Collaborative practice in mental health care is conceptualized as an approach to enhance the effectiveness of care to service users in community settings. It is a service model that involves collaboration among the professional service providers, service users and families in (a) assessing mental health problems and personal resources (Beresford & Carr, 2012), (b) developing plans of care and selecting approaches to treatments and interventions (Evans & Jones, 2012), (c) implementing and working through care and treatments (Gabbay & Le May, 2011), and (d) evaluating outcomes of services (Purtell, Rickard & Wyatt, 2012). The model is composed of four components: (a) the framework for service orientation, (b) two interconnected collaborative structures, (c) the principles of collaboration and (d) the processes of collaborative practice as shown in Figure 1.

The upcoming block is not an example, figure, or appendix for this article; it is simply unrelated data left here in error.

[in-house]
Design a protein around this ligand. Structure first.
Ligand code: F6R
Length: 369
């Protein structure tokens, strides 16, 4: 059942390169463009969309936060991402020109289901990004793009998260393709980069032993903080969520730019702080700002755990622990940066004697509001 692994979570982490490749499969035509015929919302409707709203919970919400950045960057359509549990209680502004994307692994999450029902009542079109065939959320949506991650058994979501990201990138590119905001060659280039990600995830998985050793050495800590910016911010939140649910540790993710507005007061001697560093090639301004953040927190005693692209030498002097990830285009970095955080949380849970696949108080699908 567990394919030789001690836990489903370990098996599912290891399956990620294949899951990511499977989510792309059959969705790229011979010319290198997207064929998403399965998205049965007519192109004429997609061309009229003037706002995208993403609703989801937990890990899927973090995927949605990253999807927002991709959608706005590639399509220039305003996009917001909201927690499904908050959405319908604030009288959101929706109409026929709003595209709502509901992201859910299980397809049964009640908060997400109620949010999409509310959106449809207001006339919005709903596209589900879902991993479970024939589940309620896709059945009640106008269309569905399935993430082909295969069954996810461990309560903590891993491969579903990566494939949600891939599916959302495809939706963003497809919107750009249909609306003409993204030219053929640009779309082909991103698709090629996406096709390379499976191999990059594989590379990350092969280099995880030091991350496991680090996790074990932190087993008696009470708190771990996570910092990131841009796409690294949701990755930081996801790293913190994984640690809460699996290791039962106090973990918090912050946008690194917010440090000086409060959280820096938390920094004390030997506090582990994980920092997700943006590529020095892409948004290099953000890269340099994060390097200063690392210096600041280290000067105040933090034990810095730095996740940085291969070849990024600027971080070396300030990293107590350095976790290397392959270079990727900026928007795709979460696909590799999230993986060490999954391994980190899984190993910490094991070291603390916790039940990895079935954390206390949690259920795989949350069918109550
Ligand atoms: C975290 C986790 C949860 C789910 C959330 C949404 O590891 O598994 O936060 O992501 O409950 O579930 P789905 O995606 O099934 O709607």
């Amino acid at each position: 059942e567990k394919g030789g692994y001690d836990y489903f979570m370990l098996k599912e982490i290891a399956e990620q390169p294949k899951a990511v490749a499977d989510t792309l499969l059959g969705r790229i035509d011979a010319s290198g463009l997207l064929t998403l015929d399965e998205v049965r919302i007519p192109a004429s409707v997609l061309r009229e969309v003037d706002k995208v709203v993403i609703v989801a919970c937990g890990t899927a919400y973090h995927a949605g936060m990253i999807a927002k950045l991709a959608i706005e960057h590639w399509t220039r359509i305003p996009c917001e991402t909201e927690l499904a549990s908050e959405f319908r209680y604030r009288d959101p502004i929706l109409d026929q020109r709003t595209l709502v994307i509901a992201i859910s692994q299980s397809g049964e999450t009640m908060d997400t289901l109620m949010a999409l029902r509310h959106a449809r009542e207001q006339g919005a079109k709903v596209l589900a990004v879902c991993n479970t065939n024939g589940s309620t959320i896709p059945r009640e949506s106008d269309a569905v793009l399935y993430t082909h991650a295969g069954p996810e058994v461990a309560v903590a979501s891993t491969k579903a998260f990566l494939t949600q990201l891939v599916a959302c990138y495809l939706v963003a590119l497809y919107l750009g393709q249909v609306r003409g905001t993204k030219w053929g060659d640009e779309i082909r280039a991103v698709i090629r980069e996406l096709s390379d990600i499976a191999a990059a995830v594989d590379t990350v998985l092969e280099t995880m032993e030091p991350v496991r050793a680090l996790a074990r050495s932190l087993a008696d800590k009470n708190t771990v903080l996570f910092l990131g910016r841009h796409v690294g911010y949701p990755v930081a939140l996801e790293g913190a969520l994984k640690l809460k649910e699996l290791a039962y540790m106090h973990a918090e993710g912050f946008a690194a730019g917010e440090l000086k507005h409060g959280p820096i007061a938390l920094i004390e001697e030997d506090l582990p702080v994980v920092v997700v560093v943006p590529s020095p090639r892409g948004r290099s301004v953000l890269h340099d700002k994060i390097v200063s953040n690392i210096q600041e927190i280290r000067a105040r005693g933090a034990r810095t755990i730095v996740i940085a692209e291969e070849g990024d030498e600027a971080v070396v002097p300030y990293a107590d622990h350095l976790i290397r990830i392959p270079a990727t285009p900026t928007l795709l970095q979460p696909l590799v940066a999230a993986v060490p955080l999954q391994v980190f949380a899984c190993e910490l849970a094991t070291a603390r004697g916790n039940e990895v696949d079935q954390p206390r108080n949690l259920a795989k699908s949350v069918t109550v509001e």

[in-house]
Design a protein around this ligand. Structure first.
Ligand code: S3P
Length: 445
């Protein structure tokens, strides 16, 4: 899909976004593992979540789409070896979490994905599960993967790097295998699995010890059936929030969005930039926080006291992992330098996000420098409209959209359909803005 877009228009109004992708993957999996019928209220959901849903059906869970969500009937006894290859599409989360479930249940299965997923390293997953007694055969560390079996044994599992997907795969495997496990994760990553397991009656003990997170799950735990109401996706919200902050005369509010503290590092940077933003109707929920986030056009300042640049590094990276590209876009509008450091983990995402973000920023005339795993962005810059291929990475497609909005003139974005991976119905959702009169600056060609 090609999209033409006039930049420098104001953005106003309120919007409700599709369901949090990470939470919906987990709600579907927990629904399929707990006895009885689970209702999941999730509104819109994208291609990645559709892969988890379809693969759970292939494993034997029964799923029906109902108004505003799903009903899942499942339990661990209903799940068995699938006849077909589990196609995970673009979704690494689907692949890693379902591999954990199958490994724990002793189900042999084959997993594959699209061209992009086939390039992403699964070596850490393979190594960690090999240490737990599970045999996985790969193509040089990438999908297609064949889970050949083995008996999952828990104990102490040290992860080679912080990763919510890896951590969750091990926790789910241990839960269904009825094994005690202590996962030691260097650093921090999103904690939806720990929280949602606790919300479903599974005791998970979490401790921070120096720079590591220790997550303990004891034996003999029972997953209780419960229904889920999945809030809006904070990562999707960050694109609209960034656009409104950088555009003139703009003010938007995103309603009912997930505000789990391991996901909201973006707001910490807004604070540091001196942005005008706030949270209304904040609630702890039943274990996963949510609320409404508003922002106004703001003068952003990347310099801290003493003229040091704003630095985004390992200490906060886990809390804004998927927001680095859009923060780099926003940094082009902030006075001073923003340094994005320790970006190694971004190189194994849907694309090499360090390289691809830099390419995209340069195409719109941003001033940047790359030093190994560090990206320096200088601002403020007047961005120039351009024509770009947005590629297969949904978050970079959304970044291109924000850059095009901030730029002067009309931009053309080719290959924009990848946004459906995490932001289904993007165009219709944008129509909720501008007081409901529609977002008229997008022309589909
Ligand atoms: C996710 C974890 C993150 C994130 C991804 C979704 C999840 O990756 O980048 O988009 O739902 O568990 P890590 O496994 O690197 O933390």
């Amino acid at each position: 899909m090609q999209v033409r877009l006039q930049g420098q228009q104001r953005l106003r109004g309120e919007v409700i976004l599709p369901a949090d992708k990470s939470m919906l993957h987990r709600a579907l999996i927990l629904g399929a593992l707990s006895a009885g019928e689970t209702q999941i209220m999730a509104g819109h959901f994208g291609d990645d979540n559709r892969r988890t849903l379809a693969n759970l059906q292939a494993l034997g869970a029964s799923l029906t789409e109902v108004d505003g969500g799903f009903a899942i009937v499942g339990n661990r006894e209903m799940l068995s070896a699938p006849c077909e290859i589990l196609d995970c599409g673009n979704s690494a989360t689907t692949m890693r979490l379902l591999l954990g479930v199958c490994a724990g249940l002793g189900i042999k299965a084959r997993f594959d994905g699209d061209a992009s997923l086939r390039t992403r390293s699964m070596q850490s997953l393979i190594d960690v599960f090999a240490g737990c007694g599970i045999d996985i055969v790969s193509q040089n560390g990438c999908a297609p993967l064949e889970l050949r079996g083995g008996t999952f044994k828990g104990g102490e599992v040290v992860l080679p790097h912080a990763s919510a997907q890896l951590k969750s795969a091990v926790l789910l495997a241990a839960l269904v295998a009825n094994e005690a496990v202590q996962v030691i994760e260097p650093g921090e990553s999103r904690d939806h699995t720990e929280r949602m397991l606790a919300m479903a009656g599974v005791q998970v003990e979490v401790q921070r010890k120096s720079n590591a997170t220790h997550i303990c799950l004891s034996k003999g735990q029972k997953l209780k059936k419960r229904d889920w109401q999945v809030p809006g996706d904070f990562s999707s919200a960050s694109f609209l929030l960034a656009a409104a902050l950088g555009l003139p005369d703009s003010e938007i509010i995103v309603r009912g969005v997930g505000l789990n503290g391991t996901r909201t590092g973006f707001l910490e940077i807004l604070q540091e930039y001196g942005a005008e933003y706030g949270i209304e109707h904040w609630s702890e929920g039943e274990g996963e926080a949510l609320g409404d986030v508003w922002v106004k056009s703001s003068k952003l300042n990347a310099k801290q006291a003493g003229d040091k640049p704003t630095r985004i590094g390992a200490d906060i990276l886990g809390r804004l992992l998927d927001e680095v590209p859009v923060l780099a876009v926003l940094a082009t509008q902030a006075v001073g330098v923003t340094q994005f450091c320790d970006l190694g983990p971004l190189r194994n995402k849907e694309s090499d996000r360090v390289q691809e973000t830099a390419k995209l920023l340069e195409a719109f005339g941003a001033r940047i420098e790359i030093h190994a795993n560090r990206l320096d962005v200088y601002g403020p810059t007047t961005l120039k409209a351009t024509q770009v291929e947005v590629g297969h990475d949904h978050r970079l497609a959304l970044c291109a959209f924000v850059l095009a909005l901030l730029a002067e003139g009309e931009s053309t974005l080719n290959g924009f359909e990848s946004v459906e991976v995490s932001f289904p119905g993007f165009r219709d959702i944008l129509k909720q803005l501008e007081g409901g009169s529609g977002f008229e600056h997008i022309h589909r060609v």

Component One: The framework – The philosophical and theoretical foundation for collaborative service orientation.
The first component in the model is ‘the framework for service orientation’, which provides the philosophical and theoretical underpinnings for the practice of community mental health care. The framework is comprised of two perspectives: (a) person-centred practice and (b) recovery-orientation. These two components together inform an integrated commitment to user-oriented practice. Collaborative practice is philosophically oriented to the critical philosophy of mutuality in social life, human autonomy as the critical humanistic value, and self-determination as an approach to human life. Thus the theoretical perspective for collaborative practice for mental health care grounded in two key orientations of person-centred practice and recovery-orientation puts service users at the center of service delivery.